Government commitment questioned as domestic RHI delayed for another year
The implementation of the struggling Renewable Heat Incentive (RHI) scheme for domestic properties has been further delayed by a year.
DECC has today published an update on the progress of the UK’s first heat strategy, one year on from its launch. It includes the news that the Government will publish the tariff levels for domestic RHI this summer and it is expected that the scheme will be up and running for householders in spring 2014.
Giving evidence to the Energy and Climate Change Committee just hours before the announcement, delegates from the industry agreed that it was imperative the Government moved quickly to implement the RHI for domestic properties.
They argued that delays in implementing the RHI scheme, caused by a change of government, had already affected the deployment of commercial RHI, by limiting the number of companies interested.
Ground source heat pump company Kensa Engineering’s managing director Simon Lomax said that further delays could lead to a stall in the market and that the ground source heat pump business could cease to exist. In addition, he said a delay would put the Government’s 2020 renewables targets under threat.
Lomax argued that the RHI scheme was “fundamentally flawed” because it tried to cover too diverse a range of technologies, he also claimed the tariff calculator rewarded the least efficient technologies because their running costs were lower.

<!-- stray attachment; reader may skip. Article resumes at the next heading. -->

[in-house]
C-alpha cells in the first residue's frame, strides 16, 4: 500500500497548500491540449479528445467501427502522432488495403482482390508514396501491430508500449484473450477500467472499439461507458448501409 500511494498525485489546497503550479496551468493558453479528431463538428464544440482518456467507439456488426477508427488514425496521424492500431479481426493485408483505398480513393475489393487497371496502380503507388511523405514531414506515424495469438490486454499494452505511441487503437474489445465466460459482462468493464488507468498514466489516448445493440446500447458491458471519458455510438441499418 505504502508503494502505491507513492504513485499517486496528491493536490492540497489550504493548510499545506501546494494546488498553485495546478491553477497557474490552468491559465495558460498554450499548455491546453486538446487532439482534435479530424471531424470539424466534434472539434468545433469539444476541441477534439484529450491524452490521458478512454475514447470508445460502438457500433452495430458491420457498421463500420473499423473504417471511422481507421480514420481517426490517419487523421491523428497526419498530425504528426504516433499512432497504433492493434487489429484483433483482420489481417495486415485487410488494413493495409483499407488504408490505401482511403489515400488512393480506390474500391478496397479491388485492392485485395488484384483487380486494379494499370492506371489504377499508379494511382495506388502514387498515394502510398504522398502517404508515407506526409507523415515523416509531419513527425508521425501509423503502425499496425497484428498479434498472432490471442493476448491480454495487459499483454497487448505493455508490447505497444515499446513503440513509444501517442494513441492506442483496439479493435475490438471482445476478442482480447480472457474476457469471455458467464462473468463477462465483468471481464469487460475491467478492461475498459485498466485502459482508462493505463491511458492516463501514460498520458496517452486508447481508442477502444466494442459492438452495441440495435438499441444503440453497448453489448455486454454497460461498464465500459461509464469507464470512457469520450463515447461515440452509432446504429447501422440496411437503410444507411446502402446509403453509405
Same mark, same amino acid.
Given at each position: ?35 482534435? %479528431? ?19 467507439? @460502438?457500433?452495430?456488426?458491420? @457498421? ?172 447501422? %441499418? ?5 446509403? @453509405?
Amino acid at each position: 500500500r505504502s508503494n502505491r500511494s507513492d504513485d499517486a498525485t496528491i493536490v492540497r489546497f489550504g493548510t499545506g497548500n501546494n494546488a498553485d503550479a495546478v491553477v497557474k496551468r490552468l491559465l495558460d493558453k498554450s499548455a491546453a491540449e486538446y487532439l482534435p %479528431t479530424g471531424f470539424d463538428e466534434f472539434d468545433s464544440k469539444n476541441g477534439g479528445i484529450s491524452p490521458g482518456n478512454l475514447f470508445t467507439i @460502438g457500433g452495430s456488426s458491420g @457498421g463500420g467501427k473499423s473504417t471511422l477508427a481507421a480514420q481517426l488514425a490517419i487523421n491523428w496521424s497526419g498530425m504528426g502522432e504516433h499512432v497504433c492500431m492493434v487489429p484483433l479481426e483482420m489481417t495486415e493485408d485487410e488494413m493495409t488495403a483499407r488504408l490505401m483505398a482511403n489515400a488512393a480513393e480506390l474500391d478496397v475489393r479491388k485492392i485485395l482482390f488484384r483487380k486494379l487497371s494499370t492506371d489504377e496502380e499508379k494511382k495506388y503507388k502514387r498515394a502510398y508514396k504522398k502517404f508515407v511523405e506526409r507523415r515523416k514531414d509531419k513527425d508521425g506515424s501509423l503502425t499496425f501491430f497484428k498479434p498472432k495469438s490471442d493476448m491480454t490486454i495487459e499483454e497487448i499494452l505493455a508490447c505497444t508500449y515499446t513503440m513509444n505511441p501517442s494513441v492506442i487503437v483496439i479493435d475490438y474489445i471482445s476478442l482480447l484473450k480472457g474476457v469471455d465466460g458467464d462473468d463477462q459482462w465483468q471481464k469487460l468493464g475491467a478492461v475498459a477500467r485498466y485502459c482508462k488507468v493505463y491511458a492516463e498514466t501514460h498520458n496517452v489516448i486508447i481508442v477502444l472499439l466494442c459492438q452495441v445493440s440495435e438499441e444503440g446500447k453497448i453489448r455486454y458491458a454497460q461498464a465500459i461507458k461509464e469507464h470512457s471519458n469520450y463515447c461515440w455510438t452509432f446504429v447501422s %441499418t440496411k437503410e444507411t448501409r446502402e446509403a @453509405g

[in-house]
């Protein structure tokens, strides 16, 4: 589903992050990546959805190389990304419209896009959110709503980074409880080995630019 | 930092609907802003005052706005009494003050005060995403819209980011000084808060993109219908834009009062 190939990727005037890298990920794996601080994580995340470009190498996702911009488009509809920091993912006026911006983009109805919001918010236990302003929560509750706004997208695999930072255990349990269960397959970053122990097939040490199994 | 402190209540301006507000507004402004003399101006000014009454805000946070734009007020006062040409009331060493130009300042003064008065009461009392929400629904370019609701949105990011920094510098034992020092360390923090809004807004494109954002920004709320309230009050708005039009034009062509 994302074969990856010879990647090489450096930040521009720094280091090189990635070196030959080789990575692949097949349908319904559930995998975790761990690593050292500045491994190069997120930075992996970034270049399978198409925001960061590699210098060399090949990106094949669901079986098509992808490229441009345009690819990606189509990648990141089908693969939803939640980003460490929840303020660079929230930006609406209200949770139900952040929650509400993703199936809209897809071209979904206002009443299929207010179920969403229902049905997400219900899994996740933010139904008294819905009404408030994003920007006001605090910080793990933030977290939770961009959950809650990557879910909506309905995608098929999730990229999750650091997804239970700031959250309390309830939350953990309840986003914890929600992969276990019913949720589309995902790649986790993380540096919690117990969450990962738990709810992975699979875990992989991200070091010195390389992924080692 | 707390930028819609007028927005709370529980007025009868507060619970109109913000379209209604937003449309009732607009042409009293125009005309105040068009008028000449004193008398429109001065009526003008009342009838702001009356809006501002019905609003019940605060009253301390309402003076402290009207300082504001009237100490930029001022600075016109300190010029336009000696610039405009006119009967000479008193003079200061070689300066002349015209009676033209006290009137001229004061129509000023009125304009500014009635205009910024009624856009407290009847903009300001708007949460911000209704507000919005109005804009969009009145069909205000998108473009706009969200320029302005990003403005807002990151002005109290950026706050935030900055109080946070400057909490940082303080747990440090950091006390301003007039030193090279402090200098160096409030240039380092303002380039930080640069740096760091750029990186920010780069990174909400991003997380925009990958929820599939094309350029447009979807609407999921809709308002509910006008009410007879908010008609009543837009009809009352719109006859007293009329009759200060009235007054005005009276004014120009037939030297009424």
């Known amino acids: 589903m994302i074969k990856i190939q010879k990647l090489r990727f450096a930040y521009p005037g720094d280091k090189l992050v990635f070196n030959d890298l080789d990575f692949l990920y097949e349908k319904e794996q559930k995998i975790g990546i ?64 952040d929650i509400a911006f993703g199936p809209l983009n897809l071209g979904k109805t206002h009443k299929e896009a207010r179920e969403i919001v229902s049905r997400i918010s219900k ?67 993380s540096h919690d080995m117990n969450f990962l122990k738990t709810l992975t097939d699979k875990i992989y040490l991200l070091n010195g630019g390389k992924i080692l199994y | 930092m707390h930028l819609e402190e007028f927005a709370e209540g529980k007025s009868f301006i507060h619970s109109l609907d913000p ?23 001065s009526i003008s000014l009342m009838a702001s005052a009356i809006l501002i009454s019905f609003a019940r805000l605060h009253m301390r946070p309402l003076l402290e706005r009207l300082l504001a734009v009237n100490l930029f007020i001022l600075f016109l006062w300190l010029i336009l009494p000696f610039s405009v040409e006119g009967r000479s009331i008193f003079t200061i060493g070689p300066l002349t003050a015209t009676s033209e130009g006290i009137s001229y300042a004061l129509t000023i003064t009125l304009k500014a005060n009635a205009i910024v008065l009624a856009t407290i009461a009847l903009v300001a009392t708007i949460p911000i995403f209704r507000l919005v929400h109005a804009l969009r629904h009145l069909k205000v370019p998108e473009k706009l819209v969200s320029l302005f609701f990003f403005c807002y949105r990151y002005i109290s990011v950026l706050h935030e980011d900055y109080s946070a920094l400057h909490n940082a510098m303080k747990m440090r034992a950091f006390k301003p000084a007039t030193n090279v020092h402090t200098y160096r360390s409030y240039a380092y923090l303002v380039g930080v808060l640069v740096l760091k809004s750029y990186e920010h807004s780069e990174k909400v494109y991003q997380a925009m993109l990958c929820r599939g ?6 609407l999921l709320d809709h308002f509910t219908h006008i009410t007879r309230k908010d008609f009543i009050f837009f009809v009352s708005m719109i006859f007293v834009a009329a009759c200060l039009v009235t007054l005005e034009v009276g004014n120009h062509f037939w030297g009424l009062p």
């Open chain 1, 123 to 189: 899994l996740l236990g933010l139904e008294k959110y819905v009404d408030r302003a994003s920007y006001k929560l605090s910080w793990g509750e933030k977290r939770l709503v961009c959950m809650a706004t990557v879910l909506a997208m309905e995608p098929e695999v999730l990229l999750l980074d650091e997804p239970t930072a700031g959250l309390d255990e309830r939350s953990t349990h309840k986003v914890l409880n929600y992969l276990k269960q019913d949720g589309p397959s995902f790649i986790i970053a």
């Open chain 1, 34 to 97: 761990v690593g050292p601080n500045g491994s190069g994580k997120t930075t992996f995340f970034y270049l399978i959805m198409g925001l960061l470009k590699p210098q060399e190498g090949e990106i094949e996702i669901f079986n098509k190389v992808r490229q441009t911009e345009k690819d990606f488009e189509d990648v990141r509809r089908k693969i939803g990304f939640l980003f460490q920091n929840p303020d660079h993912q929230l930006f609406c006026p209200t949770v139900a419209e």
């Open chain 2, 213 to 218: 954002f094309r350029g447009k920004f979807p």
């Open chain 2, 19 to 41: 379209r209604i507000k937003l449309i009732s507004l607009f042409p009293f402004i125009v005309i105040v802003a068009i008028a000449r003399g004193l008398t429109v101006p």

Micropower Council’s chief executive Dave Sowden added: “The announcement of a delay would be unhelpful; it would be a further knocking of confidence about whether government is really serious about renewable heat deployment.”
However Energy and Climate Change Minister Greg Barker defended the delay, maintaining that DECC remained committed to introducing an incentive scheme for householders.
Barker said: “The Renewable Heat Incentive, which has been available for non-domestic investors for over a year, is a key part of our approach to cutting carbon and driving forward the move to more sustainable low carbon heating alternatives.
“So far over 1,000 groups have got on board, and today we have outlined details of our tariff review to help encourage even more organisations to invest.”
During the committee meeting, there had been a general consensus among industry delegates that the tariffs for RHI needed to be increased in order to encourage the uptake of the relatively new, low-carbon technologies.